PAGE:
Sampling circuit 100-1 may have a data input that receives DQ, a clock control input, and a data output. Sampling circuit 100-2 may have a data input that receives DQ, a clock control input, and a data output. Sampling circuits 100-1 and 100-2 may be positive-edge-triggered flip-flops (as an example). Multiplexer 106 may have a first (0) input that is coupled to the output of sampling circuit 100-1, a second (1) input that is coupled to the output of sampling circuit 100-2, a control input that receives a control signal Vc from control logic 104 via path 110, and an output that serves as the output for circuitry 30.

Multiplexer 106 may be configured to route signals from a selected one of its inputs to its output. For example, multiplexer 106 may be configured to route data signals from its first input to its output when control signal Vc is low and may be configured to route data signals from its second input to its output when control signal Vc is high. In other words, multiplexer 106 may be used to select which one of the sampling circuits 100 (i.e., circuits 100-1 and 100-2) is currently “active.”

In a first scenario in which sampling circuit 100-1 is in active mode, multiplexer 106 may be configured to pass the data signals from circuit 100-1 to its output (e.g., Vc may be driven low) while sampling circuit 100-2 is placed in a “redundant” mode. In a second scenario in which sampling circuit 100-2 is in the active mode, multiplexer 106 may instead be configured to pass the data signals from circuit 100-2 to its output (e.g., Vc may be driven high) while sampling circuit 100-1 is placed in the redundant mode. The sampling circuit that is currently placed in the active mode may be referred to as the active data sampling circuit, whereas the sampling circuit that is currently placed in the redundant mode may be referred to as the redundant data sampling circuit.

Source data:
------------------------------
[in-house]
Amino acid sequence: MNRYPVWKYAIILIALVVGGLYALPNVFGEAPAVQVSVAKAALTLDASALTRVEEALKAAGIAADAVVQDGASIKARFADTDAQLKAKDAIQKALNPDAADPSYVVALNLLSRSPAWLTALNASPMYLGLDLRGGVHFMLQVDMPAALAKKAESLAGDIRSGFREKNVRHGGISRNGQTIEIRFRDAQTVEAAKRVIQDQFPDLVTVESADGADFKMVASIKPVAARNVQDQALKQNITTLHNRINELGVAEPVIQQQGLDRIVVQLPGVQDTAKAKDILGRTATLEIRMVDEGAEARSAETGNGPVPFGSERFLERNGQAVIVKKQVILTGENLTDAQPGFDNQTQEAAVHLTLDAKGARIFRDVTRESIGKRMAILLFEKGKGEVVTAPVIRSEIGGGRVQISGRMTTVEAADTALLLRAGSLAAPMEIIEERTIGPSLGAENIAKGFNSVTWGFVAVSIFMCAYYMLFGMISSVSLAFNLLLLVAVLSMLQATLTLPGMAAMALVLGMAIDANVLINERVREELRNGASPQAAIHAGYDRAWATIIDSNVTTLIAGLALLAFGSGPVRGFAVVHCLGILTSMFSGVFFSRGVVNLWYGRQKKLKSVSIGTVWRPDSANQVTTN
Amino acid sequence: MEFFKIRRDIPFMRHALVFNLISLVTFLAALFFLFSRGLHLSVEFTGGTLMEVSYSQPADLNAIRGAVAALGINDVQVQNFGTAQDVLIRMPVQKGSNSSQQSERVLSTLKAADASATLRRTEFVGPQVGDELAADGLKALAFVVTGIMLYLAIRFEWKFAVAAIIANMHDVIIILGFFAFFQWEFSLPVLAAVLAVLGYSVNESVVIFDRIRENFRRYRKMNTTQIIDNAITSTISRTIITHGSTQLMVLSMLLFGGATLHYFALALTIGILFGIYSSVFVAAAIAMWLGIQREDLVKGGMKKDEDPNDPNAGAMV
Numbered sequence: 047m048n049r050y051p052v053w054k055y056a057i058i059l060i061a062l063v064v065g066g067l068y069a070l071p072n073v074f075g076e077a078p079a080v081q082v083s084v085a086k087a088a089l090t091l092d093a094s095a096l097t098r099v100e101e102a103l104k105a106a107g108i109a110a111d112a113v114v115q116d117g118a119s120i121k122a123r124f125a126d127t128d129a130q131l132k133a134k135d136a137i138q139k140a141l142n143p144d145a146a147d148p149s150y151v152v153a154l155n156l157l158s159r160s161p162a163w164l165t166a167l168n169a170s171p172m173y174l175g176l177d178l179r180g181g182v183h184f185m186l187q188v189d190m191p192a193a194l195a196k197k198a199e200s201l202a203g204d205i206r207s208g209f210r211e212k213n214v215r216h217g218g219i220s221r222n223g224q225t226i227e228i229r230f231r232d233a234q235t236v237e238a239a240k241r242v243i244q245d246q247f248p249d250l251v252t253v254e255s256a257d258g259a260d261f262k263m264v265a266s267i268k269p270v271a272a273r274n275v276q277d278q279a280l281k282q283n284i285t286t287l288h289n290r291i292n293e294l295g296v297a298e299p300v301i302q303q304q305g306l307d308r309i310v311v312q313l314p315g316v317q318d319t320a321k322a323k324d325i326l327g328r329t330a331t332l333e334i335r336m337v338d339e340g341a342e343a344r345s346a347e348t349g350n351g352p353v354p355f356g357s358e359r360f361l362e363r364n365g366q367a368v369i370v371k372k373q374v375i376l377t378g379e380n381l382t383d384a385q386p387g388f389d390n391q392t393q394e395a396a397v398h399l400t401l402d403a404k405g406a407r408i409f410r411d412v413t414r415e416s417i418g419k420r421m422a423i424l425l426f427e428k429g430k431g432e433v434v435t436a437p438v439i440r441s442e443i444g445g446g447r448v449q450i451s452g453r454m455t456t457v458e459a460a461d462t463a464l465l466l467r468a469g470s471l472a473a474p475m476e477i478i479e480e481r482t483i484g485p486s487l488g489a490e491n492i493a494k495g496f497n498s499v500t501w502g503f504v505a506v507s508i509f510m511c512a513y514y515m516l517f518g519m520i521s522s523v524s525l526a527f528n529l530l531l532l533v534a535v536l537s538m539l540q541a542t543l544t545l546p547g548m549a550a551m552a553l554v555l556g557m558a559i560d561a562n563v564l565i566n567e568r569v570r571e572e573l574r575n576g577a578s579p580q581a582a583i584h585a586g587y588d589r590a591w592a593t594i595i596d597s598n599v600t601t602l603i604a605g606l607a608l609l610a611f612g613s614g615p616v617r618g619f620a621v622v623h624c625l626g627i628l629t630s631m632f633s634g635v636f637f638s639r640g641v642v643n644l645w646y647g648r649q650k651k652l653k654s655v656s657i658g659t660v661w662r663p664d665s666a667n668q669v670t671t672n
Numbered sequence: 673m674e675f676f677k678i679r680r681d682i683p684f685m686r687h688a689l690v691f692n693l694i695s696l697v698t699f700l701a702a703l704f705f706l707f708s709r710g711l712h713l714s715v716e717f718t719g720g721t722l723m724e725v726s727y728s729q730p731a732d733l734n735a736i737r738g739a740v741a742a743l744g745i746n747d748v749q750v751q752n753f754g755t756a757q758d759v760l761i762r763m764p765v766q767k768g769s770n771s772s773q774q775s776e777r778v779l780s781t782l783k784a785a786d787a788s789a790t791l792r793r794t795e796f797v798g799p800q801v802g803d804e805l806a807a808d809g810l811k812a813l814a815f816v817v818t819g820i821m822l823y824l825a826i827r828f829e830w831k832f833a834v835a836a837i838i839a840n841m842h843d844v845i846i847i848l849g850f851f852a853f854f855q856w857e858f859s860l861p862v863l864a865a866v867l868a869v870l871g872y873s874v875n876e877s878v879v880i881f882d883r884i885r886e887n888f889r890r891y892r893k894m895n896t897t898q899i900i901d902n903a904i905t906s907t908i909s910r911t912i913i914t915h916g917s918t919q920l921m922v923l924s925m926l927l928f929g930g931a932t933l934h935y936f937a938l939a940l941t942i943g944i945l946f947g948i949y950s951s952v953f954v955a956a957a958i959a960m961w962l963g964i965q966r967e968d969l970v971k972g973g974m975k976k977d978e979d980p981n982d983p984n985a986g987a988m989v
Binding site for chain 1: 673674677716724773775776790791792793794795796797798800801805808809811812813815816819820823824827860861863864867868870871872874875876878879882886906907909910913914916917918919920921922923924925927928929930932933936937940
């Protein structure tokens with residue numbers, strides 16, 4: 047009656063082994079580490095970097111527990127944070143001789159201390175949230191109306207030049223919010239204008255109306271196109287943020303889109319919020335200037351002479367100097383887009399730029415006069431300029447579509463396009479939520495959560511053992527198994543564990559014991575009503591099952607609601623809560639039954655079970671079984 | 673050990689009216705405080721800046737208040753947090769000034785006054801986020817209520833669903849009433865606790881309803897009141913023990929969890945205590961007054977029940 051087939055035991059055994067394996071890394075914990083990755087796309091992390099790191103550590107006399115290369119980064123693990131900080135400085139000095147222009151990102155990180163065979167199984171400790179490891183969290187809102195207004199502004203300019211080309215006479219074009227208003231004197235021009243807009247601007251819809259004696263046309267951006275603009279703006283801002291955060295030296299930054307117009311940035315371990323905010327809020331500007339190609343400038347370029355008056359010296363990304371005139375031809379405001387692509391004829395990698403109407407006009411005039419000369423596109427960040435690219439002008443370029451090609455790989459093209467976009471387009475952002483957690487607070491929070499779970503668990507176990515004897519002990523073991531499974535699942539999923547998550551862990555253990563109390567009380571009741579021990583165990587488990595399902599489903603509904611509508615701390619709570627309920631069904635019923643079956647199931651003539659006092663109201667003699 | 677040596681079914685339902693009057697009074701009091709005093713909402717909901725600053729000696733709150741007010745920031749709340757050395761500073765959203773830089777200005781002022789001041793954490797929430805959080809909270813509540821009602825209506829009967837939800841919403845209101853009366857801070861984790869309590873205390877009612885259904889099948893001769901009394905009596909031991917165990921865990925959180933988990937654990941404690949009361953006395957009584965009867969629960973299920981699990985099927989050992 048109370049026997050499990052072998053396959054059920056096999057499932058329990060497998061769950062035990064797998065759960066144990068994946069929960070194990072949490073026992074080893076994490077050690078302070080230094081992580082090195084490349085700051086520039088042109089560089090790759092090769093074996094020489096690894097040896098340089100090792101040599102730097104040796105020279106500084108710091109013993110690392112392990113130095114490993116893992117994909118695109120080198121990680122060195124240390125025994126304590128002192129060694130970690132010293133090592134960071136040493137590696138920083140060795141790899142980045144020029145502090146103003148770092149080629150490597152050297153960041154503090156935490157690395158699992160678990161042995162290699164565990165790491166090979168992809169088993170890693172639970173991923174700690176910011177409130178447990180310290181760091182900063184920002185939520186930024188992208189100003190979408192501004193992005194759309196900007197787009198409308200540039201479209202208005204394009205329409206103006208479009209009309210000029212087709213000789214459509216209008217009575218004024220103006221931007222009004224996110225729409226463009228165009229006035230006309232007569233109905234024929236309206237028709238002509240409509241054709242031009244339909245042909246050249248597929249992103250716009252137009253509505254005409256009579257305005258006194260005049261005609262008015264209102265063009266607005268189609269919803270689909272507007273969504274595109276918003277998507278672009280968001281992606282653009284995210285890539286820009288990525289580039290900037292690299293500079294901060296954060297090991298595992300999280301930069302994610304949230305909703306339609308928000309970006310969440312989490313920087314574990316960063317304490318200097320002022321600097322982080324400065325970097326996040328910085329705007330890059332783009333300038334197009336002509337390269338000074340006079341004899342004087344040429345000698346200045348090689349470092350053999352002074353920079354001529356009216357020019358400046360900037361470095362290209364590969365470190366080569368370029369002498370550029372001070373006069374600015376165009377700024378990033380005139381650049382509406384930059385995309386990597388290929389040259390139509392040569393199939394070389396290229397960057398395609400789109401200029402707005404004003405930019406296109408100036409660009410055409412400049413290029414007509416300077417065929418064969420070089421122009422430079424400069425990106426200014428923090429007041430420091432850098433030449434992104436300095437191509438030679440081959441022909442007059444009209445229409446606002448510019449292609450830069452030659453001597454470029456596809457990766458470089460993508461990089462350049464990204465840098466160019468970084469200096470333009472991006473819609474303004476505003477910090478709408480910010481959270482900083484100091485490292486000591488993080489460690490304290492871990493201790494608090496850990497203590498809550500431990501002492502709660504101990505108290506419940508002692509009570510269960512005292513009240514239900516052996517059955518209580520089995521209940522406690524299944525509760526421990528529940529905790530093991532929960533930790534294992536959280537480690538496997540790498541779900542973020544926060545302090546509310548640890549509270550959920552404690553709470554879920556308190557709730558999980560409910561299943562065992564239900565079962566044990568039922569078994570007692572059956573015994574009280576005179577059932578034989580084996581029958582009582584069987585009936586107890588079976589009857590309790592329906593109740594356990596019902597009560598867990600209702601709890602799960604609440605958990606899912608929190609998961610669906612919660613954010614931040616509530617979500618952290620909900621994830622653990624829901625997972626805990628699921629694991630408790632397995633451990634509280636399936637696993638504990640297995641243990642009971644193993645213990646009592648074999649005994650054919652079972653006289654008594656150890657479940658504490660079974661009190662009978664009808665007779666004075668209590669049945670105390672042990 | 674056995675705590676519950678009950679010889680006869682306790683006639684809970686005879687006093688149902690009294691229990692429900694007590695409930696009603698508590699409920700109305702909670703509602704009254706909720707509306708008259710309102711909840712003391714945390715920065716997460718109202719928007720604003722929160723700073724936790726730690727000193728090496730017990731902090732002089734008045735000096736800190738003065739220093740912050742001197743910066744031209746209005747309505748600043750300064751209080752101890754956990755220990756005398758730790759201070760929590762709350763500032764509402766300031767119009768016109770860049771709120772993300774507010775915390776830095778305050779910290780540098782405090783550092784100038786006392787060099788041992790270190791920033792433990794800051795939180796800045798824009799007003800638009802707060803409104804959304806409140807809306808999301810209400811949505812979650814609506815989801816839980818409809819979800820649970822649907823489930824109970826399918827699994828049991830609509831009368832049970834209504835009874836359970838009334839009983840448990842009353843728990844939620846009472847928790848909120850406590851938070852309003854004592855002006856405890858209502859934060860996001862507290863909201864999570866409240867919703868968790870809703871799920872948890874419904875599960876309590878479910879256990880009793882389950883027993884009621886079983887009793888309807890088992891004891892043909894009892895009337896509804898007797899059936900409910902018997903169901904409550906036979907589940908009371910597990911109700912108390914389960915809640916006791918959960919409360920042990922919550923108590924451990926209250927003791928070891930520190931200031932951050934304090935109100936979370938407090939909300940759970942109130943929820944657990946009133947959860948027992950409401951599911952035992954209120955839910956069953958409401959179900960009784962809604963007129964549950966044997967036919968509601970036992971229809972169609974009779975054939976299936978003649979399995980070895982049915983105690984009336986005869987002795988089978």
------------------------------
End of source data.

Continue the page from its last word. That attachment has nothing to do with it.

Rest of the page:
Either one of circuits 100-1 and 100-2 can be placed in the active latching mode while the other circuit is placed in the redundant mode. The data sampling circuit that is currently placed in the active mode may serve to latch incoming data and to present the latched data other internal circuitry within device 10, whereas the data sampling circuit that is currently placed in the redundant mode may be used in performing runtime DQ/DQS calibration. Circuits 100-1 and 100-2 may alternate between the active mode and redundant mode. The active data latching mode may sometimes be referred to as “mission” mode. The redundant data latching mode may sometimes be referred to as “monitor” mode.

Comparator 108 may have a first input that is coupled to the output of data sampling circuit 100-1, a second input that is coupled to the output of data sampling circuit 100-2, and an output on which an error signal ERR is generated. Comparator 108 may serve to compare the data bits that are currently being latched by data sampling circuits 100-1 and 100-2. As an example, comparator 108 may include a logic XOR gate and timing alignment logic for aligning the data bits from circuits 100-1 and 100-2 prior to performing comparison with the logic XOR gate. When the data bits that are currently being latched by circuits 100-1 and 100-2 are equal, comparator 108 may output a deasserted ERR. When the data bits that are currently being latched by circuits 100-1 and 100-2 are mismatched, comparator 108 may assert ERR. Comparator circuit 108 may therefore serve as a comparison circuit that asserts error signal ERR whenever the data bit that is currently being latched by the redundant sampling circuit is different than the data bit that is currently being latched by the active sampling circuit.